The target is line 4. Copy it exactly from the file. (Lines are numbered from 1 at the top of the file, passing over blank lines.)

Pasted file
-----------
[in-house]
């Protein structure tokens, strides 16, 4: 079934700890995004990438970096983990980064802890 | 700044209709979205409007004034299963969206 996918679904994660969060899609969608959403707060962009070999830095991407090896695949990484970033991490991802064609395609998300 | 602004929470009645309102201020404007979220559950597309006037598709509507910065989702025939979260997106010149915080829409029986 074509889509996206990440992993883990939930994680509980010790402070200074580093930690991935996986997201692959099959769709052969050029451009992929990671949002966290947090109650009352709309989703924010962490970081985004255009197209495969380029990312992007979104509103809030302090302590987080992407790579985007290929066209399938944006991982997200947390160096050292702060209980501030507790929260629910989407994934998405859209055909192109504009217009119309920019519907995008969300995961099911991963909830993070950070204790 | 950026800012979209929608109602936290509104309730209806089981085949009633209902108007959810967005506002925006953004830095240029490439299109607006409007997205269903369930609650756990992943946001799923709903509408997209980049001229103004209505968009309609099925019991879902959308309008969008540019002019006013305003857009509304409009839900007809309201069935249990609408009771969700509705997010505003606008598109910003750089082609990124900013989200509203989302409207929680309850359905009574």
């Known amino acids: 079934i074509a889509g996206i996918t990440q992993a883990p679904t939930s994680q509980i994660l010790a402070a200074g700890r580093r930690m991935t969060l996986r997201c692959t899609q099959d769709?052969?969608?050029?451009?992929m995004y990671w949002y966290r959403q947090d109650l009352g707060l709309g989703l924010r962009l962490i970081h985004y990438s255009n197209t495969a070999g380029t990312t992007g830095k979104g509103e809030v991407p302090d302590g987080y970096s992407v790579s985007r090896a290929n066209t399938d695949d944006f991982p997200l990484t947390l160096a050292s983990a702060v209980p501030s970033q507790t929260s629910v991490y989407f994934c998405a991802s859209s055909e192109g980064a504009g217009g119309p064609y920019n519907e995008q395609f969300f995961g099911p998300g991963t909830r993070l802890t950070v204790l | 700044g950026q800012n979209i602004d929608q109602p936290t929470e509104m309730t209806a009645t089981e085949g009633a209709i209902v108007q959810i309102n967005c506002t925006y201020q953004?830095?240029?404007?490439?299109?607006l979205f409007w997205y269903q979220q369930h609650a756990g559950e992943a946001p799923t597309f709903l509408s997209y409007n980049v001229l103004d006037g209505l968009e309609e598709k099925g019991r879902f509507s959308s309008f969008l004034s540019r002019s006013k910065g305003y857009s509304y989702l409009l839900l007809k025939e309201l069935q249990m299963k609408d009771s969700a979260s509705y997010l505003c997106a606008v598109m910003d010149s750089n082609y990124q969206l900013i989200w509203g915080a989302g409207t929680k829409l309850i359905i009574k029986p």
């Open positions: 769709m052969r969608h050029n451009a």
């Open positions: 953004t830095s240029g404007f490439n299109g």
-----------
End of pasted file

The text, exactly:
């Open positions: 769709m052969r969608h050029n451009a």